Day Fever CD
Life is, on occasion, terrifying. Day Fever, an album half-jokingly named after an outdated euphemism for hysteria, embraces that. The record is indie-pop act Dear Reader’s first in four years, and was recorded over ten days in John Vanderslice’s San Francisco studio.
Already far from home in Berlin, the South African musician’s trek to San Francisco meant a huge adjustment in terms of her recording style. Dear Reader hadn’t explored recording straight to tape previous to this album, which meant digitally correcting small mistakes during production wasn’t an option: they’d keep a track or erase it - all of it - and start again. “It went against everything I felt comfortable with,” Cherilyn says, calling the loss of control initially terrifying.
Vanderslice, though, persuaded her to cozy up to these small mistakes, accepting imperfection as part of what makes good, honest music. In the end, MacNeil insists that her decision to work with Vanderslice, rather than to produce the album herself in Berlin, was exactly what her music needed.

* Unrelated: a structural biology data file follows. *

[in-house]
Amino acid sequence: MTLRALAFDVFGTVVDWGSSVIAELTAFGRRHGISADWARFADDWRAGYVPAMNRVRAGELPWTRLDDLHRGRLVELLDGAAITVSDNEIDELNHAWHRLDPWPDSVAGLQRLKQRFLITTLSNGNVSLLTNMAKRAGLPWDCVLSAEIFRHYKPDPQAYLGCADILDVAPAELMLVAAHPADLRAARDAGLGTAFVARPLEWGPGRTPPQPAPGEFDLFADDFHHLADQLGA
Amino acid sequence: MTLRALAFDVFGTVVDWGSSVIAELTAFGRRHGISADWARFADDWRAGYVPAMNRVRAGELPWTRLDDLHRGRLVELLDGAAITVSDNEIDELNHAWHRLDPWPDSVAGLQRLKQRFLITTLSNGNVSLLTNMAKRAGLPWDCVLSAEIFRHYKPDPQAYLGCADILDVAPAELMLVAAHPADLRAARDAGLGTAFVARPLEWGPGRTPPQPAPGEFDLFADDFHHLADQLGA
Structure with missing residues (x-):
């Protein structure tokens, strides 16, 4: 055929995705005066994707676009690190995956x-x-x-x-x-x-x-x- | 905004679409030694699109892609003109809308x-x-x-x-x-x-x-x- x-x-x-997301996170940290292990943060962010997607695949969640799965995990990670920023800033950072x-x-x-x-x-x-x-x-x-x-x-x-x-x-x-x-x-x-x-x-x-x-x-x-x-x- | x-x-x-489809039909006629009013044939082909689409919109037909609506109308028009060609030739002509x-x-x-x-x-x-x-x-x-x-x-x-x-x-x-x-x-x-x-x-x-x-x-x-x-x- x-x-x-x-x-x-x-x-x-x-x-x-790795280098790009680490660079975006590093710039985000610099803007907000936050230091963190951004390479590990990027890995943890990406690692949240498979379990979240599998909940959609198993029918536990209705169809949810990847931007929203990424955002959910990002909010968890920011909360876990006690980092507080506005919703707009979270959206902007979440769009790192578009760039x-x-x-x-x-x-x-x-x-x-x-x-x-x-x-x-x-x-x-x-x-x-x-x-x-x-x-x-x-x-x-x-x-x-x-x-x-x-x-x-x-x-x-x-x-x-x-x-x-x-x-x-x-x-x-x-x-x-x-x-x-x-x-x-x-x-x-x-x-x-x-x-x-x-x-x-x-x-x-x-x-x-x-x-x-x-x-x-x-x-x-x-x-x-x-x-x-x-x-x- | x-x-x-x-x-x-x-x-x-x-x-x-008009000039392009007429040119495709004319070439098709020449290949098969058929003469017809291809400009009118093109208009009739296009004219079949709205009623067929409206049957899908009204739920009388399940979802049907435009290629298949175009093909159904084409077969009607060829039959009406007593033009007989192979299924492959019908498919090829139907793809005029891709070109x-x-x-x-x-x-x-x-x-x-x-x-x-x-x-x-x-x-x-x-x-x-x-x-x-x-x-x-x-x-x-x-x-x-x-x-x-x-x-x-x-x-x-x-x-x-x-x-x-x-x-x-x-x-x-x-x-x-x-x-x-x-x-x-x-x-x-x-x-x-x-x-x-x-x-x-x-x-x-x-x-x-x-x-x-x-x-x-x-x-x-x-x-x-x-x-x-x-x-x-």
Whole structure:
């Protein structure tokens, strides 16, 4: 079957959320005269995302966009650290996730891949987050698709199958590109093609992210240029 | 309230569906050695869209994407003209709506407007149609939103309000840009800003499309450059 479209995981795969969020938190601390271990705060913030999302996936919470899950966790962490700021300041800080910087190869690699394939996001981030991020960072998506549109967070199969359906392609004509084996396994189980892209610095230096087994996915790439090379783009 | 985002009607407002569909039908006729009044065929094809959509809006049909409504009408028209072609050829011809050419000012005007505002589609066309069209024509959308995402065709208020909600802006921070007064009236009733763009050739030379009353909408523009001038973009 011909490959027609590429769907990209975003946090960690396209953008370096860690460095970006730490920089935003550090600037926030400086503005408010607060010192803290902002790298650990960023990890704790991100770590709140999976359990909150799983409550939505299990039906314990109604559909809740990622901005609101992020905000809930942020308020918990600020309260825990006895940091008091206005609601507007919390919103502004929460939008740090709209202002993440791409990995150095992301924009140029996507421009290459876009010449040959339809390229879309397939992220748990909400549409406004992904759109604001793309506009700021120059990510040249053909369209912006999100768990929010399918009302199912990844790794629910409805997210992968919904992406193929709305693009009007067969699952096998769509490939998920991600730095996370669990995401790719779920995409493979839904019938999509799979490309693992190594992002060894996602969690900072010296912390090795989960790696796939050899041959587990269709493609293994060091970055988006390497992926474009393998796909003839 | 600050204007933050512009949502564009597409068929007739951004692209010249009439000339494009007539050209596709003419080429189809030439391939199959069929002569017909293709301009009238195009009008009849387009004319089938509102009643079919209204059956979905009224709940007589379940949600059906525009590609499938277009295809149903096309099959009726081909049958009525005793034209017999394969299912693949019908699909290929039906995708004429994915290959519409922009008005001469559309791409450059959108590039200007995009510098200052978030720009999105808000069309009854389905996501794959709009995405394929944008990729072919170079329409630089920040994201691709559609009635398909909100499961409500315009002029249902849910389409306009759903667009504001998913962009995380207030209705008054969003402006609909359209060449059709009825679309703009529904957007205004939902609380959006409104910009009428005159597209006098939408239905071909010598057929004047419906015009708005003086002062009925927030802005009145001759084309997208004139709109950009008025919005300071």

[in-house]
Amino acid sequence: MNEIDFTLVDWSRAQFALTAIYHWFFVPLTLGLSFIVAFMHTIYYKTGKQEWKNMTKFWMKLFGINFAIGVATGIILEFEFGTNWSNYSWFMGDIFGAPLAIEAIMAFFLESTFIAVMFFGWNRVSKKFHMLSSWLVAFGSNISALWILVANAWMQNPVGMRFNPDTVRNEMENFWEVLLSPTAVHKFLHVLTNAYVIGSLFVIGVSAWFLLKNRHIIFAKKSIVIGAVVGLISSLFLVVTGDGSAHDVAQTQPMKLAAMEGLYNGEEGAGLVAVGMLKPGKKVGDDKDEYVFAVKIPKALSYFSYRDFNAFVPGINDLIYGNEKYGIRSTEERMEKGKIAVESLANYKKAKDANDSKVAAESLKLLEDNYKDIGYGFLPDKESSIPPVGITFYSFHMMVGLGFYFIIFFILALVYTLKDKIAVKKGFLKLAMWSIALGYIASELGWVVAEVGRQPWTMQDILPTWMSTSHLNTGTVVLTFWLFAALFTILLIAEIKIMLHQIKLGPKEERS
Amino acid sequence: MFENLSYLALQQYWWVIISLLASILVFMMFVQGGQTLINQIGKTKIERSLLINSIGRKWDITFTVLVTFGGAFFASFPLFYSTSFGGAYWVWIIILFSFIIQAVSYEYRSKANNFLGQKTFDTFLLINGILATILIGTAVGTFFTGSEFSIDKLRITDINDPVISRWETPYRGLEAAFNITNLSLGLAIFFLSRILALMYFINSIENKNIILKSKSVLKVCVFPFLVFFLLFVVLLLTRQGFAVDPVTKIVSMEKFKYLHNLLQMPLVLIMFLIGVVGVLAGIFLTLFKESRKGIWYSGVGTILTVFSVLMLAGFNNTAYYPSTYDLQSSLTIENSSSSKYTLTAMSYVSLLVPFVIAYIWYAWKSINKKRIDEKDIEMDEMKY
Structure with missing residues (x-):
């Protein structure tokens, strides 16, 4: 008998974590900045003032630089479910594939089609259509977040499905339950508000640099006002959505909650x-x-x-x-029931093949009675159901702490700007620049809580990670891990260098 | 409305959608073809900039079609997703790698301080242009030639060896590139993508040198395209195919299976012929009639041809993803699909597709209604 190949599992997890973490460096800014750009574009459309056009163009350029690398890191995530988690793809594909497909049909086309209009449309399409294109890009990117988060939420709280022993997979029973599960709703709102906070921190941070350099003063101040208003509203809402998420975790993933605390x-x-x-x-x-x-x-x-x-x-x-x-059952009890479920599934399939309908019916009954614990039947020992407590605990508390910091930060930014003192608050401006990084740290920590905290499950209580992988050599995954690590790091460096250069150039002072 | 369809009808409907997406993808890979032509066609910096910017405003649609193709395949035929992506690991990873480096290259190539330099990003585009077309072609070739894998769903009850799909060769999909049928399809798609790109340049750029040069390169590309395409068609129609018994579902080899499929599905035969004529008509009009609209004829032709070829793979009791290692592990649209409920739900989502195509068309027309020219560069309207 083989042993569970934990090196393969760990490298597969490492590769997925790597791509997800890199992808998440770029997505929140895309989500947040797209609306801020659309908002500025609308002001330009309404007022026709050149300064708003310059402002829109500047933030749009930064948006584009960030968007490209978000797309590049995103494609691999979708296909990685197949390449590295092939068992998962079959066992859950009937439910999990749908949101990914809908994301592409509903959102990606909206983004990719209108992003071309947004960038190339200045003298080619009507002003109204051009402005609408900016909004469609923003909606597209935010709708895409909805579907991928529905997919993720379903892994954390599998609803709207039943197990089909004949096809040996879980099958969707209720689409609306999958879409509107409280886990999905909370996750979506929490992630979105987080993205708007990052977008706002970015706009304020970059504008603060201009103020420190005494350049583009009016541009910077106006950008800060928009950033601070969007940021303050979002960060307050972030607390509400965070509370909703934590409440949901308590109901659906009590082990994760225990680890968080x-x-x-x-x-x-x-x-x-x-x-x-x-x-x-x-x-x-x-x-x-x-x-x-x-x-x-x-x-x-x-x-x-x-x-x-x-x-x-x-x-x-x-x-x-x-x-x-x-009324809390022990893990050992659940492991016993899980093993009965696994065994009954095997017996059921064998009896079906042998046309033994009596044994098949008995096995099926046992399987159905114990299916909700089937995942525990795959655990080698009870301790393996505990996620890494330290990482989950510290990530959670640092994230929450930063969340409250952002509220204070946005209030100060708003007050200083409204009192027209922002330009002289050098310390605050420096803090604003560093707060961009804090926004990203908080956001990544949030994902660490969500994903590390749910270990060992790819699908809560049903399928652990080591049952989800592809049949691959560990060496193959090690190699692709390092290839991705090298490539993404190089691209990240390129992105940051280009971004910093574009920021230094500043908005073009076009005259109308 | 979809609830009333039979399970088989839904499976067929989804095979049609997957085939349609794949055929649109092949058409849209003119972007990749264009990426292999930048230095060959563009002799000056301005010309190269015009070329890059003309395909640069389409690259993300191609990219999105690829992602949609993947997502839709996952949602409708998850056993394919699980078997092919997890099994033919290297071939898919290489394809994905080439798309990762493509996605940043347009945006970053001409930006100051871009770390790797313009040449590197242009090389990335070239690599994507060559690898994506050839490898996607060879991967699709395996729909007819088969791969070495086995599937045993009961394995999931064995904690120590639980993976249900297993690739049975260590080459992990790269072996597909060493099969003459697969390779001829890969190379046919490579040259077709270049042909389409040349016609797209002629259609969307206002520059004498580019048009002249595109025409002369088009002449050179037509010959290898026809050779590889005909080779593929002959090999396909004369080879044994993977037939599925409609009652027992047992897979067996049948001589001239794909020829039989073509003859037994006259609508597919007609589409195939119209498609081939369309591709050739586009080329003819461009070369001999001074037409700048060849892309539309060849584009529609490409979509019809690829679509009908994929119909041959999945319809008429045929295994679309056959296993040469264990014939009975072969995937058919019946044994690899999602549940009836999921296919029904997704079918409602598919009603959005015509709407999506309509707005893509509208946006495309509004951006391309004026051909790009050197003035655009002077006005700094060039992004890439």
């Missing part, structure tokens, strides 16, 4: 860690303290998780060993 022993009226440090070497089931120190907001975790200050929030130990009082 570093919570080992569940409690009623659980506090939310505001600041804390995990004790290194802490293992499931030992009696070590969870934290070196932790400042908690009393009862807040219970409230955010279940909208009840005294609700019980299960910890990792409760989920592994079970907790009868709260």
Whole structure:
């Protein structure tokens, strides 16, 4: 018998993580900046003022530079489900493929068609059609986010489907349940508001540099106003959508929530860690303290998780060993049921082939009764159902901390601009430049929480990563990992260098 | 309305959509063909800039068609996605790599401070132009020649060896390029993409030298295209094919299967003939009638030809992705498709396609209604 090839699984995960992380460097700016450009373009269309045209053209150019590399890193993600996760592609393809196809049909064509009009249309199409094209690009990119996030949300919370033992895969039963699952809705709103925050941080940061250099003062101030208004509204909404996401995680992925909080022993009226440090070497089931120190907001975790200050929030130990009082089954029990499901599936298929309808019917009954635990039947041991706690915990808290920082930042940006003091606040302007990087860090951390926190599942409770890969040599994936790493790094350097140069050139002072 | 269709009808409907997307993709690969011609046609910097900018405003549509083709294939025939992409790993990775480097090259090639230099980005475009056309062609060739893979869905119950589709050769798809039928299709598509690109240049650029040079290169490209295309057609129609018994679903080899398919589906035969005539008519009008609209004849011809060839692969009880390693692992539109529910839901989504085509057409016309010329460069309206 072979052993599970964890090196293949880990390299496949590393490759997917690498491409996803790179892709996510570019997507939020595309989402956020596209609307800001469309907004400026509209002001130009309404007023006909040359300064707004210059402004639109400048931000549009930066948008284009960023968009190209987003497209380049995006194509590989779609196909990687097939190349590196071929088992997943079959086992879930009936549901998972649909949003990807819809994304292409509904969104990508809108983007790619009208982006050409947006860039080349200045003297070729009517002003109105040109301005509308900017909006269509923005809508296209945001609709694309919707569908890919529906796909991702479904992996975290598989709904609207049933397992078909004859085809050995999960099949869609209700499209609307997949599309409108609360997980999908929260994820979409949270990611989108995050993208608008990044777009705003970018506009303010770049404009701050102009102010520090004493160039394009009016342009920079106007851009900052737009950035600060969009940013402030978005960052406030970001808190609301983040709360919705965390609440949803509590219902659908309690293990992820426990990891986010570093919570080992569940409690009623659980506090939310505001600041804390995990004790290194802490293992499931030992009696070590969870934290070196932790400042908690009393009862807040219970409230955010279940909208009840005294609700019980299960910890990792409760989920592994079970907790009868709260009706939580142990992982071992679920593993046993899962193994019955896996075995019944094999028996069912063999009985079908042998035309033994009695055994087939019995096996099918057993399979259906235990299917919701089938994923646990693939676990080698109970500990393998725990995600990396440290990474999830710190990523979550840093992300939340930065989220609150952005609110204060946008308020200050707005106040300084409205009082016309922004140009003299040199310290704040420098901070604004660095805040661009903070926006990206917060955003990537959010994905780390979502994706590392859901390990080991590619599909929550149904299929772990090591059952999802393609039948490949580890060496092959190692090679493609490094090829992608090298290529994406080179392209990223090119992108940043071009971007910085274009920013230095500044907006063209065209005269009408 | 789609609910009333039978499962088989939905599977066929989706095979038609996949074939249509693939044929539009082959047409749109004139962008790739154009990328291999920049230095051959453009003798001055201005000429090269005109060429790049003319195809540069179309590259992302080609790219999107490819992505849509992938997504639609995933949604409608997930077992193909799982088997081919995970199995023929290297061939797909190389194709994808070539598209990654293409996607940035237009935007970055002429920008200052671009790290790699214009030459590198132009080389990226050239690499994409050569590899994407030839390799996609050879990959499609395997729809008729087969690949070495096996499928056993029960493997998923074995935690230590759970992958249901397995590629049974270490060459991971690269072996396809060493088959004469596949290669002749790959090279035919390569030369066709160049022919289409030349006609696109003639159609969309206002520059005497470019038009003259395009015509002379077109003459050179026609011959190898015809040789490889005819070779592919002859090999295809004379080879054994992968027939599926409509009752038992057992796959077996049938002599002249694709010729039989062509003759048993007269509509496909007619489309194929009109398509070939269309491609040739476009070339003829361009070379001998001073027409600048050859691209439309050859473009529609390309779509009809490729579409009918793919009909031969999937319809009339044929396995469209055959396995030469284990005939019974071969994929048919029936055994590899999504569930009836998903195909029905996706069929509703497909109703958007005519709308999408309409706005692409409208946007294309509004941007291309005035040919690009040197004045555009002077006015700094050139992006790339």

It's the most naked thing Dear Reader has ever made. With lyrics that teeter on the knife-edge of saying too much, the new album hides nothing, preferring the gauzy ornament of biblical language to cloaking songs in obscurity. With reference to saints, kings, prophets, holy tongues, and beasts, Day Fever paints a world in which our secret selves, both the noble and the ugly, lay exposed out in the sun.